Seven Park Place – Small but Perfectly Formed:
William Drabble, perhaps inspired by his Norfolk upbringing, has long been known as a champion of seasonal local produce – even before it was fashionable to cook that way. And, it’s served him well, Seven Park Place, the fine dining restaurant at St James’s Hotel and Club has held a Michelin Star for seven years without a break and has four AA rosettes. I was delighted, on my recent staycation, to be invited to try the food for myself. With the added bonus of only having to walk upstairs at the end of the meal to go to bed…
We’d started in the bar with cocktails before moving into the exclusive and stunningly appointed restaurant, Seven Park Place. I was particularly impressed at the comfort and privacy of each seating area. Even before we started to eat, I could tell that this would be a luxurious experience.
We picked the Menu Gourmand (£87) and were happy to let the Sommelier match the wines for us. There are three levels of wine pairing, starting at £55 and there’s also a juice pairing for those who don’t want alcohol.
The hand dived scallop had a delicate sear and came served with a puree of Jerusalem artichokes, an artichoke crisp, Madeira jus and a touch of Perigord truffle. Very dainty despite the truffle and perfectly cooked, we enjoyed the pairing with a Reisling, Weinbach Sylvaner 2015, which was light and slightly fruity.
We carried on with the same wine to pair with the warm salad of poached native lobster tail which followed. This came with a mixture of white and green asparagus, a little potato, arugula and some very fresh herbs. The lobster tail was delicious, served off the shell and perfectly cooked so that it was well flavoured and not in the least chewy.
Seared foie gras with rhubarb is the sort of dish that gets awards. Two small slices of poached asparagus, a ginger crumb, a mouthful of rhubarb coulis and some neat touches of sweet ginger sauce were plated with a portion of just-seared, foie gras with a perfectly caramelised exterior and a soft, melting middle.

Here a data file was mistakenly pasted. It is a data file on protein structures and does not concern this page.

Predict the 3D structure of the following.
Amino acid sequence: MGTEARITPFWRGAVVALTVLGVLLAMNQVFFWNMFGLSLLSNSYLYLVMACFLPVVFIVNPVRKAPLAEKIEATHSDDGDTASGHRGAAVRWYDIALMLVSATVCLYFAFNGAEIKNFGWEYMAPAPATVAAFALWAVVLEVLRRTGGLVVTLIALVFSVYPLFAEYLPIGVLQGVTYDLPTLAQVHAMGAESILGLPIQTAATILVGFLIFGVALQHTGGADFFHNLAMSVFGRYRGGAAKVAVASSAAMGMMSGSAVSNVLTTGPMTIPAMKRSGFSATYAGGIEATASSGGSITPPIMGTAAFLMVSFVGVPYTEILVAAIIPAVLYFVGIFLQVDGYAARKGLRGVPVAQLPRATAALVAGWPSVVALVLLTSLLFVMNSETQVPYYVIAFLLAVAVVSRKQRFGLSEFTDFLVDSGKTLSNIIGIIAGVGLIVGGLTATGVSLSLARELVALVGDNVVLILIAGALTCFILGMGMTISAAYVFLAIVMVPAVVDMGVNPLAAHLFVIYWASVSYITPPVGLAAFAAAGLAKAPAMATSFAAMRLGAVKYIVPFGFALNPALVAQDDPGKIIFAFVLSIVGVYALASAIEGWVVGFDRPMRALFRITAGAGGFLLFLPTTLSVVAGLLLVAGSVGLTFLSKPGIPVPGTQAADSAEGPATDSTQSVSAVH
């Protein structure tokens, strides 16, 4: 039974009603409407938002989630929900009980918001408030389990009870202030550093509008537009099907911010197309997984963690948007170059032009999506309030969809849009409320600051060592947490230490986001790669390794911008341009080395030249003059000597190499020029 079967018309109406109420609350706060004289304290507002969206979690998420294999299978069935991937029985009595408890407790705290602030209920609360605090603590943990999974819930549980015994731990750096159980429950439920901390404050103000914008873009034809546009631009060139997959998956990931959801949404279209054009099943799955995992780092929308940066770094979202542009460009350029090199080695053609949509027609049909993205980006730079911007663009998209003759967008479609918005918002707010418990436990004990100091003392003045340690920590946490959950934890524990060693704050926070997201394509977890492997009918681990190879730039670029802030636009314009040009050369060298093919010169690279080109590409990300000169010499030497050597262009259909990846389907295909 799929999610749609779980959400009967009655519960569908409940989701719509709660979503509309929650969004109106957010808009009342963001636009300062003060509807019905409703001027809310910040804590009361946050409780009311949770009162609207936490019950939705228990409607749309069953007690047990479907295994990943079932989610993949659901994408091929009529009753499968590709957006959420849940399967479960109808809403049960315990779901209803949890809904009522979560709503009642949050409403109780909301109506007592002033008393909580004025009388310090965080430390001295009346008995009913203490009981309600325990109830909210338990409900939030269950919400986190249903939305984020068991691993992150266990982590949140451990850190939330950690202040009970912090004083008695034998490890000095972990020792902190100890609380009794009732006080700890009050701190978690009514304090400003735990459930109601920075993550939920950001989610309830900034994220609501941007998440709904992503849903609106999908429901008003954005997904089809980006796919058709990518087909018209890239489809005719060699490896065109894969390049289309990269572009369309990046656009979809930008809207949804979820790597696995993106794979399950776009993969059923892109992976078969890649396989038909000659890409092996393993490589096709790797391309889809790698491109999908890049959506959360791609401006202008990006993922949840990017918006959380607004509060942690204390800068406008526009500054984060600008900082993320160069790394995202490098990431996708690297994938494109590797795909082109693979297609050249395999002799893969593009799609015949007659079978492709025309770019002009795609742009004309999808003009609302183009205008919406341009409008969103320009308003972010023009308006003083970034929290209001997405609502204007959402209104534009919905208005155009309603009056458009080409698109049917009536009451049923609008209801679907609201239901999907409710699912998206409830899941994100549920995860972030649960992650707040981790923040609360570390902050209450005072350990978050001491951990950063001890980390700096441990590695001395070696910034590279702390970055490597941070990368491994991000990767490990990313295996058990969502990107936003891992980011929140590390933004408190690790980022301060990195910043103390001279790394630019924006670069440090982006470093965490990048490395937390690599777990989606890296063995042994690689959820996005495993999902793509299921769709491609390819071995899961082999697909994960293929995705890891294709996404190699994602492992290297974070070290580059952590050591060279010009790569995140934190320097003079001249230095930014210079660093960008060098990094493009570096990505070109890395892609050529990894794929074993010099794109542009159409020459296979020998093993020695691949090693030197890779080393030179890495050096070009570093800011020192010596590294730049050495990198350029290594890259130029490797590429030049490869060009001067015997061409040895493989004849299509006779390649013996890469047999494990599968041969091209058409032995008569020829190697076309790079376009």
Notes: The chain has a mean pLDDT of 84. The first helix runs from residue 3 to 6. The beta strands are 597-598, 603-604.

For this dish, a sweet wine, il Palazzino’s Vinsanto. The wine is made from white Malvasia di Toscana grapes along with a very small amount of Trebbiano Toscano and the result of traditional drying and then five years in barrel. An excellent choice to pair with the foie gras, it seemed a little less sweet than the normal sauternes, but every bit as delicious.
Next a griddled fillet of seabass with celeriac and apple puree and with a roasted celeriac emulsion with Perigord truffle. Cooked faultlessly, my only complaint is that after the richness of the foie gras I struggled to taste the truffle here. This cooking is subtle, there were tiny rounds of apple and a couple of small pieces of celeriac to add texture to the dish.
Our wine was a Sicilian white, Tenuto Terrenere Etna Bianco 2014. The predominant grape variety here, an indigenous Carricante has been growing on the slopes of Mt. Etna for centuries and the wine is made from old vines. It’s lovely to drink, a beautifully balanced white, and it paired perfectly with the sea bass.
Saddle of venison was served with a juniper jus, parsnip puree, potato fondant and red cabbage. Classic flavour combinations that work. The rare venison was beautifully tender and I loved the touch of bitterness added by the juniper. And of course, the dish was once again plated exquisitely.
We both enjoyed the Tesa la Monja Victorino Toro, a Tempranillo from Toro in Castilla y Leon Spain. It’s a rich wine with plenty of tannins and a great pairing with the venison and juniper.
If we’d been feeling hungry there were cheeses available. I wonder if anyone DOES add in the cheese course.
Next to arrive for us was a pre-dessert of white chocolate and lime ganache with pineapple sorbet, chunks of fresh pineapple and a tiny biscuit.
Then, this picture on a plate, a dark chocolate cremeaux and sponge with marinated blood orange, blood orange sorbet and ginger foam.
Little disks of chocolate added extra texture to one of my favourite desserts ever. With this a Mas Amiel vintage reserve 2010 sweet wine.
I ordered coffee and, despite really being far too full to eat anymore, was more than happy to indulge in some of the pretty petits fours we were offered
It was the end of an excellent meal – one which I hope I have an occasion to repeat soon, for a special event or just because…
We were guests of St James’s Hotel and Club and of Seven Park Place
If you are looking for one of the most intimate fine dining experiences in London do check out Seven Park Place – or pin this post for later
St James’s Hotel and Club is part of the Althoff collection of hotels and a member of the Small Luxury Hotels of the World.